Tesla-style Thinking Could End Unemployment
by Damian Penston
Elon Musk has visited South Australia to announce the development of the World’s largest battery installation in a partnership between Tesla and Neoen. It looks like a good piece of business, but the billionaire businessman is not just about making money for himself - he also has a social conscience.
Musk is one of the leading advocates for a universal basic income (UBI), where all citizens of a country receive a regular, unconditional sum of money from the government, independent of any other income. But is advocating for a UBI consistent with the approach being taken by Tesla to solving the problem of energy security?
There is an alternative to UBI which is growing in popularity and has strong parallels with energy storage. It's called a Job Guarantee (JG) and one could be forgiven for thinking that it was designed by the engineers atTesla.
When solar panels, wind turbines, etc., create more electricity than the market demands, that energy can either be allowed to go to waste or it can be put into storage, such as charging a battery. The market can then buy the stored electricity as and when it’s needed.
The same principle operates for workers in our society. Any labour that isn’t hired can either be allowed to go to waste (unemployment) or it can go into a Job Guarantee program. This is where the government buys (employs) any labour that the private sector hasn’t bought (employed), thus ending unemployment and underemployment.
A Job Guarantee program helps workers get to keep their specialised skills up-to-date, and their general skills current and useful.
Unemployed Australian’s are like electricity that doesn’t get used or stored - a valuable and necessary resource that is unnecessarily allowed to go to waste. According to the Australian Unemployed Workers Union, the number of unemployed, underemployed and hidden unemployed in this country amounts to around three million people.
What's the difference?
The difference between energy that’s been stored and workers in a Job Guarantee program is that the JG workers also create demand.
The money that they get paid for doing an honest day’s work is spent, which then provides businesses with the money they need to grow, which causes more jobs to be created in the economy. In response to this growth in jobs, the JG program would shrink.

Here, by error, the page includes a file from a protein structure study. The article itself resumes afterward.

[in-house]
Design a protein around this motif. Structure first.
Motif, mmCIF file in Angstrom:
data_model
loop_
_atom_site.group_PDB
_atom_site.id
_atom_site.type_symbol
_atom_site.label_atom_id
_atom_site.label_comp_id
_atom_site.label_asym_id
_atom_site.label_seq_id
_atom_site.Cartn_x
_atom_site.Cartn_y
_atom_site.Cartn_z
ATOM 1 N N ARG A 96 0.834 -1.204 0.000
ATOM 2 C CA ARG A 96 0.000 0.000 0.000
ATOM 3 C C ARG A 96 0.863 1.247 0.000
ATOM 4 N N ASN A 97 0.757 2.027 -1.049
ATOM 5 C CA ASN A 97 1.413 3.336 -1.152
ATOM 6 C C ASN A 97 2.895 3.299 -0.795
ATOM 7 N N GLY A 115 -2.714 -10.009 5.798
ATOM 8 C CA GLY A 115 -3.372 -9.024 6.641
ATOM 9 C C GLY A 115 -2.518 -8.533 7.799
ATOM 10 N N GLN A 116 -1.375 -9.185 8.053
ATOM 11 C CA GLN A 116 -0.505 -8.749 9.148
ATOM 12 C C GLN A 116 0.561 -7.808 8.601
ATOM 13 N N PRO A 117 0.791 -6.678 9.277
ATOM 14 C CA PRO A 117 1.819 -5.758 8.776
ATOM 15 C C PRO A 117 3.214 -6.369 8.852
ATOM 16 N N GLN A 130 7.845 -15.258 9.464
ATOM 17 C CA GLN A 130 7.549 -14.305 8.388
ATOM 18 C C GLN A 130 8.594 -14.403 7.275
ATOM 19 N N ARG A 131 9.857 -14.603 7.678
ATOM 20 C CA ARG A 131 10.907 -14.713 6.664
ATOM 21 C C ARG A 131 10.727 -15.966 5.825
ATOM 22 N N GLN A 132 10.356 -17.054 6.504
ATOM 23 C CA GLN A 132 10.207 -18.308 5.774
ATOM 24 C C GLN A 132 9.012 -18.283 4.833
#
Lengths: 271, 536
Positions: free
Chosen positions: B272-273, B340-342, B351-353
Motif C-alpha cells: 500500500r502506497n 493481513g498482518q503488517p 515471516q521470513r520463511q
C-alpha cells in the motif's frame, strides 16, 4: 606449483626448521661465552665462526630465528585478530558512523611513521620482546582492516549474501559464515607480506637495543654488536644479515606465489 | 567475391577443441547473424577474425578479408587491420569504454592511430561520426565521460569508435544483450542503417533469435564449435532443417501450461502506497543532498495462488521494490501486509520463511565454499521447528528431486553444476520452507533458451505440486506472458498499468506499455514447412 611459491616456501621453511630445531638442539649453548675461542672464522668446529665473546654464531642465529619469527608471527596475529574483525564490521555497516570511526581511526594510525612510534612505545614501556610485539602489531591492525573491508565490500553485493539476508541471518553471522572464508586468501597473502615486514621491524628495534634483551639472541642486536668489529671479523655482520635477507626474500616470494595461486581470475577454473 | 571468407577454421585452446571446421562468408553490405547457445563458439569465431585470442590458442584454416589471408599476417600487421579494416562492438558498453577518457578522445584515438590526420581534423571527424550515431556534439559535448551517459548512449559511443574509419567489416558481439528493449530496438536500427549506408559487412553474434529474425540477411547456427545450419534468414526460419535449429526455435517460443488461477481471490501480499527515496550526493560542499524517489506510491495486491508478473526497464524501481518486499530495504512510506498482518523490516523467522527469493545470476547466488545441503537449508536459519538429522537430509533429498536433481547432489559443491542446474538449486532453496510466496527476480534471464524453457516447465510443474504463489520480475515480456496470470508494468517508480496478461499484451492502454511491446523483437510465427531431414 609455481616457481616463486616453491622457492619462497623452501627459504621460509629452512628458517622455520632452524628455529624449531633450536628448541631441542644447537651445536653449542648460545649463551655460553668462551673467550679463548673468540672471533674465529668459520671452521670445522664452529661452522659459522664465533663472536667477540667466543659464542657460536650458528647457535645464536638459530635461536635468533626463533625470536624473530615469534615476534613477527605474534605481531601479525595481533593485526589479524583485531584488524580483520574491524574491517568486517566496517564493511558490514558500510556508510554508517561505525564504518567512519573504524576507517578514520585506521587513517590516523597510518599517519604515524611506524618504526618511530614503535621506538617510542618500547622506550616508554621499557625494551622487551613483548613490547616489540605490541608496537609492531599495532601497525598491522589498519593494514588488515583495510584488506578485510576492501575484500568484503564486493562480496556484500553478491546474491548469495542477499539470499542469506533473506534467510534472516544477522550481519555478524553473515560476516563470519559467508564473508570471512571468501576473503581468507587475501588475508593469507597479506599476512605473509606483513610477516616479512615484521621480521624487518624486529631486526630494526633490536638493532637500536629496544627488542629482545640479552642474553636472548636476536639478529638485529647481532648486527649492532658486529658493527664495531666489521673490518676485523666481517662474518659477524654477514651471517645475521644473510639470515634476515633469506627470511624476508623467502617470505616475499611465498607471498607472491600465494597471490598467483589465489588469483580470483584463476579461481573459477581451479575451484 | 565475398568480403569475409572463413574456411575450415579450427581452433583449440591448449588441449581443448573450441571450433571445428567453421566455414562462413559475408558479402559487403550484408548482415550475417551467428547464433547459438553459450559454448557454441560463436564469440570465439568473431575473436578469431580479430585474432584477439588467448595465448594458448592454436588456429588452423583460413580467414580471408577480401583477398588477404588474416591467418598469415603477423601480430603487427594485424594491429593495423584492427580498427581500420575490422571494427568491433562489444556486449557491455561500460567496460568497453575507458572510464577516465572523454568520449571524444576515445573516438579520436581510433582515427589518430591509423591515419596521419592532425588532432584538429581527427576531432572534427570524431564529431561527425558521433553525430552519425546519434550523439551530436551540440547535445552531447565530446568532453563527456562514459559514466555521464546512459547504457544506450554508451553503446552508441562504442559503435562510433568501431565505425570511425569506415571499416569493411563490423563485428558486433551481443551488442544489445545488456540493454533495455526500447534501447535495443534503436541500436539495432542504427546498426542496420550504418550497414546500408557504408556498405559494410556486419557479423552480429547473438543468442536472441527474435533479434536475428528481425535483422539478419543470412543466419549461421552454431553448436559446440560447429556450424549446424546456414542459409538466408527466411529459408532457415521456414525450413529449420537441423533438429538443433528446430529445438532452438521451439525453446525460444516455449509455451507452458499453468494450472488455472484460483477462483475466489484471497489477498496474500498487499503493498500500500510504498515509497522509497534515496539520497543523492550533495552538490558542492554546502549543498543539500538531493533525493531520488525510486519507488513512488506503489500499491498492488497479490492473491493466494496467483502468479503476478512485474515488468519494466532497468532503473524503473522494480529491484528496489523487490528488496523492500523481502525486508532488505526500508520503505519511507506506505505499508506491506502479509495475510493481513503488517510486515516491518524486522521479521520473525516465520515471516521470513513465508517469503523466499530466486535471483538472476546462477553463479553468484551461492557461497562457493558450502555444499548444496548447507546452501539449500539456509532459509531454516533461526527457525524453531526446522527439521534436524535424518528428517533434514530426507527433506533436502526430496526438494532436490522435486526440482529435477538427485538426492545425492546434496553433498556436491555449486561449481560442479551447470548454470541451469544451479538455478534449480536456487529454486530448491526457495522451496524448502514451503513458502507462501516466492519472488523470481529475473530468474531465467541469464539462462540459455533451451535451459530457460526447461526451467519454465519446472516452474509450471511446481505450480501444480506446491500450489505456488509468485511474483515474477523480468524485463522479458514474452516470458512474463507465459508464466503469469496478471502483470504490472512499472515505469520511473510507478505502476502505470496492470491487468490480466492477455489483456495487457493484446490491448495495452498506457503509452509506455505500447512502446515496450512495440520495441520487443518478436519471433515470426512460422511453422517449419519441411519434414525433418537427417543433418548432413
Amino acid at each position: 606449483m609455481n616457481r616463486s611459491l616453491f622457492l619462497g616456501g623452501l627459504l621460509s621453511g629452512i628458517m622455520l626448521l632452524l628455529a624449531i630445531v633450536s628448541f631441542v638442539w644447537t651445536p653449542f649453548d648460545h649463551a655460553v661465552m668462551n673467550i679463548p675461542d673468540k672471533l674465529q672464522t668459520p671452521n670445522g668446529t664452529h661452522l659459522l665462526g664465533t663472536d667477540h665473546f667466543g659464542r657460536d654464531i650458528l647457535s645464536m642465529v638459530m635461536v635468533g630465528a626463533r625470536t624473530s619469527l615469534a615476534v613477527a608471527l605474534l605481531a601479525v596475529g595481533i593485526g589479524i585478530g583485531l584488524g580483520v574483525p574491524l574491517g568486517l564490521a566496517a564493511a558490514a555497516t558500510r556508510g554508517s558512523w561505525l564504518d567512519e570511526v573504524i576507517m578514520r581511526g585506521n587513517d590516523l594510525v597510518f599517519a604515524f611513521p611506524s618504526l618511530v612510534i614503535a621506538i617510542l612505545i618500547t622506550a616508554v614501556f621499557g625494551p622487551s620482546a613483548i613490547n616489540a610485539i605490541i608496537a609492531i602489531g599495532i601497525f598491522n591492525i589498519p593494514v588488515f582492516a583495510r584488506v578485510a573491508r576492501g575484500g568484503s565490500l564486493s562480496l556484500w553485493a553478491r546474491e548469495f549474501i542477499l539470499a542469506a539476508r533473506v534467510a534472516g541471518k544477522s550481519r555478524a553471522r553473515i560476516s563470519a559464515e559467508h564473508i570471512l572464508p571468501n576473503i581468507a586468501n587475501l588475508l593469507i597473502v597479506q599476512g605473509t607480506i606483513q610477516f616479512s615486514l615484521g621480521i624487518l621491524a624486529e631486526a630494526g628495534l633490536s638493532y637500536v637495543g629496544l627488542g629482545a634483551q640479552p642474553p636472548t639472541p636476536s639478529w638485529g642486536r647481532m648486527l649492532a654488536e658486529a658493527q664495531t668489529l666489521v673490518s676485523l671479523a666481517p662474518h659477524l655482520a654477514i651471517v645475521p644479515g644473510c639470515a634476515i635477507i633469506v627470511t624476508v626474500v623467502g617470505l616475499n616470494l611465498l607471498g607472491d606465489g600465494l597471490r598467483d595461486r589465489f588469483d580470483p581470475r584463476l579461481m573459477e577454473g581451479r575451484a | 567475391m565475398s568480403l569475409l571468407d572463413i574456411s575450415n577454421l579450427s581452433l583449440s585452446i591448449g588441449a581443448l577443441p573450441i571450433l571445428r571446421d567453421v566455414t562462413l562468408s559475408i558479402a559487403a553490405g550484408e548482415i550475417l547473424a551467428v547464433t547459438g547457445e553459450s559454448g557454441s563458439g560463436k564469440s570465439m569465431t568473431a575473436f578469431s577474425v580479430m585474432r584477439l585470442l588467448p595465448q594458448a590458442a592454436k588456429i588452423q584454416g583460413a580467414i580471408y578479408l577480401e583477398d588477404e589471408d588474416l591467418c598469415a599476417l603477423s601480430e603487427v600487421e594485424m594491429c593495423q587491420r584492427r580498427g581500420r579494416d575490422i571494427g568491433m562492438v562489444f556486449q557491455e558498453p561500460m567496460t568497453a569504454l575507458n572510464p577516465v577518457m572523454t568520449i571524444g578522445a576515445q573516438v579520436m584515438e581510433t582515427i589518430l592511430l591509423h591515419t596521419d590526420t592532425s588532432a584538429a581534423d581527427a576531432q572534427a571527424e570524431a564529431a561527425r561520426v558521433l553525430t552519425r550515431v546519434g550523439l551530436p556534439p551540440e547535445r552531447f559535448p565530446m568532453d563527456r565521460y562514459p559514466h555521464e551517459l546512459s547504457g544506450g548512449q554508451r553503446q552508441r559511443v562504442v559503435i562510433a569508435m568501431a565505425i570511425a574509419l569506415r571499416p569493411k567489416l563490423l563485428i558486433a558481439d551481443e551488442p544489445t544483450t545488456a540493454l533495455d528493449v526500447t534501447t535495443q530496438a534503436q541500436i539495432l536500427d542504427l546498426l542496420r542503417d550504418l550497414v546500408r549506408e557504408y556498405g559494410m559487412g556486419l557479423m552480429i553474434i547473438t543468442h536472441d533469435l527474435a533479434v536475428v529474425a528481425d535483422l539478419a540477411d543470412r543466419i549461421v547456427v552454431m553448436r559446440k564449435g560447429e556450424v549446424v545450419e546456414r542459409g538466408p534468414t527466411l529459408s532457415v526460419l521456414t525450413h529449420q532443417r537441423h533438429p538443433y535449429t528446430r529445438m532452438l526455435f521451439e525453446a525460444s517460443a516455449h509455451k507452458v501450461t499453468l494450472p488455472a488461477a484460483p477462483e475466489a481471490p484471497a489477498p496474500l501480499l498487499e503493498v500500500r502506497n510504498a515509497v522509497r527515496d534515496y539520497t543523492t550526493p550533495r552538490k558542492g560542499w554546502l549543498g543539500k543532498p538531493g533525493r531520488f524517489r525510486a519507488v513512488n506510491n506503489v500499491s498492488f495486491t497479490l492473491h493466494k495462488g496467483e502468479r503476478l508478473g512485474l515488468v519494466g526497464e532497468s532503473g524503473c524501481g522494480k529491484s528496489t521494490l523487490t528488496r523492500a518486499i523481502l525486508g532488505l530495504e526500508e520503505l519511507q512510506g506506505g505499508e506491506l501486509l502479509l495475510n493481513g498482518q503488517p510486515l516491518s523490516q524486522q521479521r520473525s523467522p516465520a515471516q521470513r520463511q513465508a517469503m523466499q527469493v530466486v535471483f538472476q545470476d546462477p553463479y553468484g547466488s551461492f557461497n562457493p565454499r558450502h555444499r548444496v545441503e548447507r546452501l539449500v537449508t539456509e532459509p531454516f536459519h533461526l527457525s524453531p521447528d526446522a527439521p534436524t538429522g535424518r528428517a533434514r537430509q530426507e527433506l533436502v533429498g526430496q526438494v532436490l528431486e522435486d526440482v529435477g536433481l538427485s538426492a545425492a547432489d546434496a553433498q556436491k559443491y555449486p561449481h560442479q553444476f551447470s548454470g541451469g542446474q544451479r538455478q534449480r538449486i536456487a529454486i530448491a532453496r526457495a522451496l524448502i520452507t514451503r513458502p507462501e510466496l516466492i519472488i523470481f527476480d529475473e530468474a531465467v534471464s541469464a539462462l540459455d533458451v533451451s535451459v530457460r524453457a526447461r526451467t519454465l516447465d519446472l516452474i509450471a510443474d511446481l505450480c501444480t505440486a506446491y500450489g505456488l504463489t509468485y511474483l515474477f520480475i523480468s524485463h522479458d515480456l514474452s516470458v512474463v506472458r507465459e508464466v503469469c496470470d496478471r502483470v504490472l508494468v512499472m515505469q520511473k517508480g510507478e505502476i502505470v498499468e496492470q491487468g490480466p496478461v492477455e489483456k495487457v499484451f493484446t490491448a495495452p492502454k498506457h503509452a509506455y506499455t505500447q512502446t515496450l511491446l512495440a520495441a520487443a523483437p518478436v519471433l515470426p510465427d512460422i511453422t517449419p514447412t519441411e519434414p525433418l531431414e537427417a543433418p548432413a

If you’re wondering how the Government could pay for any of this, you may find a few clues in one of our previous articles.
Could this work in Australia?
We’re getting the World’s largest battery installation to help take care of our electricity storage because of an energy crisis in South Australia in 2016. What kind of crisis would we need for leaders to step up and advocate for an to end unemployment by using similar thinking?
From 1945 until the aftermath of the October 1973 Oil Crisis, we had full employment in Australia because the Government created jobs for anyone who wanted one. They chose to do that. It was a choice. Unemployment averaged at around 1.9% for roughly 30 years, and they were just the people who were between jobs and not long-term unemployed. The Tesla-style approach worked!
In 1974, part of the Australian workforce didn’t suddenly become lazy or forget how to do their jobs, as current economic wisdom would have you believe. The rise in unemployment, which has persisted to this day, came about because the Government made the decision to change their policy to create jobs where the private sector couldn't. We’re still living with the consequences of that decision to this day.
A highly visible advocate who will champion beautifully designed solutions to major social challenges is needed. Who will be our ‘Tesla for employment’?